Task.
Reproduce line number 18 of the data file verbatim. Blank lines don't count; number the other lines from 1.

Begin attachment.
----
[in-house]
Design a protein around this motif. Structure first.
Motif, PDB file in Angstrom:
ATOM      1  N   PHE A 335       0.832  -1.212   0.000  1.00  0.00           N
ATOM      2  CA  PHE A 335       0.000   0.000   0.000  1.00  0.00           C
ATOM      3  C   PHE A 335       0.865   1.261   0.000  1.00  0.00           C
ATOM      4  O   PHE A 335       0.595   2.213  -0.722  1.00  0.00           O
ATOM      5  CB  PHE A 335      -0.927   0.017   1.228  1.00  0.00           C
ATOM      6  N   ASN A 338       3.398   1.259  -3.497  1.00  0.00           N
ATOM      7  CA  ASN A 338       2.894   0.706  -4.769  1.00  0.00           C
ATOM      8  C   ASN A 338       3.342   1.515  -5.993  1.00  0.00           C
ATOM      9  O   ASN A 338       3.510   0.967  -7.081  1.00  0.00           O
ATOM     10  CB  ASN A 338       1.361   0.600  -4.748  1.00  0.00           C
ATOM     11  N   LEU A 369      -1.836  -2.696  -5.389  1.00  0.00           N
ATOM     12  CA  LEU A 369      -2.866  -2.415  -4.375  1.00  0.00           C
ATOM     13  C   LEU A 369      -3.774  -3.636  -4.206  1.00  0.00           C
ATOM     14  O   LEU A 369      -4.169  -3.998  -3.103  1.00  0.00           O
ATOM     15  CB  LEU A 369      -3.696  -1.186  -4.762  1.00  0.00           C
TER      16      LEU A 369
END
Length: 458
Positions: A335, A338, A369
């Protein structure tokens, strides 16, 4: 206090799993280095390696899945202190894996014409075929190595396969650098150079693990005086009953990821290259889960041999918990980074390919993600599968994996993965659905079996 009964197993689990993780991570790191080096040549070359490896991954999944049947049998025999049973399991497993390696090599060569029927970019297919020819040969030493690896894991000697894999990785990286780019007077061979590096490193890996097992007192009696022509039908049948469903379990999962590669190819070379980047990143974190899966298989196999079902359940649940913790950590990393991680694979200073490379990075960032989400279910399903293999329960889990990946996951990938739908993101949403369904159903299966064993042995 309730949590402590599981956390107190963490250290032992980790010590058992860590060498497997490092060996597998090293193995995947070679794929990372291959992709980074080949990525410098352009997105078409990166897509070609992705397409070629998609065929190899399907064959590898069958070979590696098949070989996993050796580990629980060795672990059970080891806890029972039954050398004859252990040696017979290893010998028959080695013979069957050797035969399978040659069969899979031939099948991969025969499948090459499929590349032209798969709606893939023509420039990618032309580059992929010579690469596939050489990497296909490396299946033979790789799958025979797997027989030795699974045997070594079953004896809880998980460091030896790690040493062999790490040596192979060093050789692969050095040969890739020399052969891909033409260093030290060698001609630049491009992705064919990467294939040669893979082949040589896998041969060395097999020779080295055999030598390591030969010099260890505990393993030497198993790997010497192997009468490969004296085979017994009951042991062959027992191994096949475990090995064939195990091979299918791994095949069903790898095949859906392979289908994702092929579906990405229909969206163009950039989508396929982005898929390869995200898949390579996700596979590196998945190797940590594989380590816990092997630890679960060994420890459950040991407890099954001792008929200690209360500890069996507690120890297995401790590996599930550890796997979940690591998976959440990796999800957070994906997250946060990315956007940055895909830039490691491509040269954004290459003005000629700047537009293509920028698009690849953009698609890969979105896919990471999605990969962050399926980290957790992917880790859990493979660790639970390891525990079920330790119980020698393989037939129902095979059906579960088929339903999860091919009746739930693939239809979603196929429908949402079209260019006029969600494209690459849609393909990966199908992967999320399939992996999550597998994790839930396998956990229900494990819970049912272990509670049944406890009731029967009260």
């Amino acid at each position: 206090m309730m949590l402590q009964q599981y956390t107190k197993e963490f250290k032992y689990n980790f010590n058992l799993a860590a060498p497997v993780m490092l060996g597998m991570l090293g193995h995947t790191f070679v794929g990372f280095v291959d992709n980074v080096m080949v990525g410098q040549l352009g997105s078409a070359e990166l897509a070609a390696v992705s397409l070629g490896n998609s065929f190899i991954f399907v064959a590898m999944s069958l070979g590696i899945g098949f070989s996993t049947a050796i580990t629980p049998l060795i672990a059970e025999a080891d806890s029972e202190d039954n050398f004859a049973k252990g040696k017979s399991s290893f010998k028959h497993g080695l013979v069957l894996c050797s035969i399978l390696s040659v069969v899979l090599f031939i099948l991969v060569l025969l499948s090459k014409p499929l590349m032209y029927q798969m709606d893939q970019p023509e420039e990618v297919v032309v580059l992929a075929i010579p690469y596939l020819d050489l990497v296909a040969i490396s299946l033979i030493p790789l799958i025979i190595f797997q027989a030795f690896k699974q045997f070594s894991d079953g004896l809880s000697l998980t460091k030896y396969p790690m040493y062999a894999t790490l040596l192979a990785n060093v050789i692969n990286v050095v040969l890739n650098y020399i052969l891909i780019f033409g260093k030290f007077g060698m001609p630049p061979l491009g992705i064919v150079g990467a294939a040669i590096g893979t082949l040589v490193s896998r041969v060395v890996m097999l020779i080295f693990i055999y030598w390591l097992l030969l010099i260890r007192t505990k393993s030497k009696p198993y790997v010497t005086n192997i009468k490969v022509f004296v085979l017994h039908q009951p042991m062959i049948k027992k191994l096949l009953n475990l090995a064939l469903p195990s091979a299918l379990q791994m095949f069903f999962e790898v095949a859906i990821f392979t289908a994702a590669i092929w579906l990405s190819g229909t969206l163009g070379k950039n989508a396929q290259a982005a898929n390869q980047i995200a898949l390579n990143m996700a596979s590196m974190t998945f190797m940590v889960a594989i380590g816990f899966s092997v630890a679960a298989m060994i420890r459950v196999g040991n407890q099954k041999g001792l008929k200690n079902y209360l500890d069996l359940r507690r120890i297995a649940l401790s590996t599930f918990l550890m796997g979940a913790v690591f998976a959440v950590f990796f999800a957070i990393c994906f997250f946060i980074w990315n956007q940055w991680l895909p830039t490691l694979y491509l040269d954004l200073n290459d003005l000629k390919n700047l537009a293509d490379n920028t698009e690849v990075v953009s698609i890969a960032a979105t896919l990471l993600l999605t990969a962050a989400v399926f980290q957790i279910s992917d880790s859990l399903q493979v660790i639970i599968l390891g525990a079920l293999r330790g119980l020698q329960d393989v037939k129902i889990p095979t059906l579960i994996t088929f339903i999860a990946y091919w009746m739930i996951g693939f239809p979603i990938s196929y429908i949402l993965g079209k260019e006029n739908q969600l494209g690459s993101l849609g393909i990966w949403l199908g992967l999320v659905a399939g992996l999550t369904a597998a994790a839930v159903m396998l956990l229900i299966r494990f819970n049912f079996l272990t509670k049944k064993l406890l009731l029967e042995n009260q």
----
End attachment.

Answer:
ATOM     15  CB  LEU A 369      -3.696  -1.186  -4.762  1.00  0.00           C